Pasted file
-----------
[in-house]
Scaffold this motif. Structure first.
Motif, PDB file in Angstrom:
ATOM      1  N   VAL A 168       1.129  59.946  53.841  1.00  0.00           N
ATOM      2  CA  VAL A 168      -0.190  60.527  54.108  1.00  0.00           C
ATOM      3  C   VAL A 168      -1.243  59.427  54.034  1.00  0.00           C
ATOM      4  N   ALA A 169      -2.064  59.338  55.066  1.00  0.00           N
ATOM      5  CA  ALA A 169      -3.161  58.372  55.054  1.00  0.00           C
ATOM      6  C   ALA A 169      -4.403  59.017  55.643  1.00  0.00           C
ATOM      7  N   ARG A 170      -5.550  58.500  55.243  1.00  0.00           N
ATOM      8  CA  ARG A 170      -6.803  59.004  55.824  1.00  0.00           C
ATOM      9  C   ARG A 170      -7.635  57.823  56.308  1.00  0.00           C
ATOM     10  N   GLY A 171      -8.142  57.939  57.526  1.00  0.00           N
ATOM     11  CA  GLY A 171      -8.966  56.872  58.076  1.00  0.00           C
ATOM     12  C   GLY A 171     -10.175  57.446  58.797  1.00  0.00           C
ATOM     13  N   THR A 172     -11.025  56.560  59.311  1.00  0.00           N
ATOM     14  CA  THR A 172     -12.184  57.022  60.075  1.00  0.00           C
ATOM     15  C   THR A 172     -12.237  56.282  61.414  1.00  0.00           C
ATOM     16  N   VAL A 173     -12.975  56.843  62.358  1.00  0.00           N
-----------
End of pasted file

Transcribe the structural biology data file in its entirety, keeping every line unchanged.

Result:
[in-house]
Scaffold this motif. Structure first.
Motif, PDB file in Angstrom:
ATOM      1  N   VAL A 168       1.129  59.946  53.841  1.00  0.00           N
ATOM      2  CA  VAL A 168      -0.190  60.527  54.108  1.00  0.00           C
ATOM      3  C   VAL A 168      -1.243  59.427  54.034  1.00  0.00           C
ATOM      4  N   ALA A 169      -2.064  59.338  55.066  1.00  0.00           N
ATOM      5  CA  ALA A 169      -3.161  58.372  55.054  1.00  0.00           C
ATOM      6  C   ALA A 169      -4.403  59.017  55.643  1.00  0.00           C
ATOM      7  N   ARG A 170      -5.550  58.500  55.243  1.00  0.00           N
ATOM      8  CA  ARG A 170      -6.803  59.004  55.824  1.00  0.00           C
ATOM      9  C   ARG A 170      -7.635  57.823  56.308  1.00  0.00           C
ATOM     10  N   GLY A 171      -8.142  57.939  57.526  1.00  0.00           N
ATOM     11  CA  GLY A 171      -8.966  56.872  58.076  1.00  0.00           C
ATOM     12  C   GLY A 171     -10.175  57.446  58.797  1.00  0.00           C
ATOM     13  N   THR A 172     -11.025  56.560  59.311  1.00  0.00           N
ATOM     14  CA  THR A 172     -12.184  57.022  60.075  1.00  0.00           C
ATOM     15  C   THR A 172     -12.237  56.282  61.414  1.00  0.00           C
ATOM     16  N   VAL A 173     -12.975  56.843  62.358  1.00  0.00           N